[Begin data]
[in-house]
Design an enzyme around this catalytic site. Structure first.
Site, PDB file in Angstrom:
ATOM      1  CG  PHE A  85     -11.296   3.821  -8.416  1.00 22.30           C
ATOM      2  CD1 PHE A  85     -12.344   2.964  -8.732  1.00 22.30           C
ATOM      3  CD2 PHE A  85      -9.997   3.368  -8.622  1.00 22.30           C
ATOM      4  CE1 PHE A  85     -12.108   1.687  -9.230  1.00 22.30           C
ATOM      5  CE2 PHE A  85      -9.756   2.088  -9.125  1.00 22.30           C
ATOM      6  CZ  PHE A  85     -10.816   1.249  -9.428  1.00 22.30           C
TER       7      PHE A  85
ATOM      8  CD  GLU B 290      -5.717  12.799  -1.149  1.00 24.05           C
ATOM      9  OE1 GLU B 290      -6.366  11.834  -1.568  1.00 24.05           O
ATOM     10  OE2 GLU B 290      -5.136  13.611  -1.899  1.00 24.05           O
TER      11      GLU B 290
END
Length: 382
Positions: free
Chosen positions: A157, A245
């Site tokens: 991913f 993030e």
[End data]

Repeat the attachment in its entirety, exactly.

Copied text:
[in-house]
Design an enzyme around this catalytic site. Structure first.
Site, PDB file in Angstrom:
ATOM      1  CG  PHE A  85     -11.296   3.821  -8.416  1.00 22.30           C
ATOM      2  CD1 PHE A  85     -12.344   2.964  -8.732  1.00 22.30           C
ATOM      3  CD2 PHE A  85      -9.997   3.368  -8.622  1.00 22.30           C
ATOM      4  CE1 PHE A  85     -12.108   1.687  -9.230  1.00 22.30           C
ATOM      5  CE2 PHE A  85      -9.756   2.088  -9.125  1.00 22.30           C
ATOM      6  CZ  PHE A  85     -10.816   1.249  -9.428  1.00 22.30           C
TER       7      PHE A  85
ATOM      8  CD  GLU B 290      -5.717  12.799  -1.149  1.00 24.05           C
ATOM      9  OE1 GLU B 290      -6.366  11.834  -1.568  1.00 24.05           O
ATOM     10  OE2 GLU B 290      -5.136  13.611  -1.899  1.00 24.05           O
TER      11      GLU B 290
END
Length: 382
Positions: free
Chosen positions: A157, A245
């Site tokens: 991913f 993030e």